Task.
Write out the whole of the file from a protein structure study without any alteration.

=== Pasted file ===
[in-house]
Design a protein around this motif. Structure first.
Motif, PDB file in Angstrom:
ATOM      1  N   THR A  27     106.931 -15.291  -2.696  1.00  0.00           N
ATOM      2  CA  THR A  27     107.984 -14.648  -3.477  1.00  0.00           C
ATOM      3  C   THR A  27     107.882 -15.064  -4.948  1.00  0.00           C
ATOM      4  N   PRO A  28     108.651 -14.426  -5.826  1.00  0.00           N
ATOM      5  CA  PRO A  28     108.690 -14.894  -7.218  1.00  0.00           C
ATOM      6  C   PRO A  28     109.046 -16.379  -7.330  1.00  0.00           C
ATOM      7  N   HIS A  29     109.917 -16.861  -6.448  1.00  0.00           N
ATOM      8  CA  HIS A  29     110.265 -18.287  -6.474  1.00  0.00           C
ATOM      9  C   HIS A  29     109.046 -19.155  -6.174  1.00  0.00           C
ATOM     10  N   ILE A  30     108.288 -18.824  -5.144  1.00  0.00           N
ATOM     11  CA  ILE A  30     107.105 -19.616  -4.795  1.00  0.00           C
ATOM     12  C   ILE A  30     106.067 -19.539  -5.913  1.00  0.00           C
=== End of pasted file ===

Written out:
[in-house]
Design a protein around this motif. Structure first.
Motif, PDB file in Angstrom:
ATOM      1  N   THR A  27     106.931 -15.291  -2.696  1.00  0.00           N
ATOM      2  CA  THR A  27     107.984 -14.648  -3.477  1.00  0.00           C
ATOM      3  C   THR A  27     107.882 -15.064  -4.948  1.00  0.00           C
ATOM      4  N   PRO A  28     108.651 -14.426  -5.826  1.00  0.00           N
ATOM      5  CA  PRO A  28     108.690 -14.894  -7.218  1.00  0.00           C
ATOM      6  C   PRO A  28     109.046 -16.379  -7.330  1.00  0.00           C
ATOM      7  N   HIS A  29     109.917 -16.861  -6.448  1.00  0.00           N
ATOM      8  CA  HIS A  29     110.265 -18.287  -6.474  1.00  0.00           C
ATOM      9  C   HIS A  29     109.046 -19.155  -6.174  1.00  0.00           C
ATOM     10  N   ILE A  30     108.288 -18.824  -5.144  1.00  0.00           N
ATOM     11  CA  ILE A  30     107.105 -19.616  -4.795  1.00  0.00           C
ATOM     12  C   ILE A  30     106.067 -19.539  -5.913  1.00  0.00           C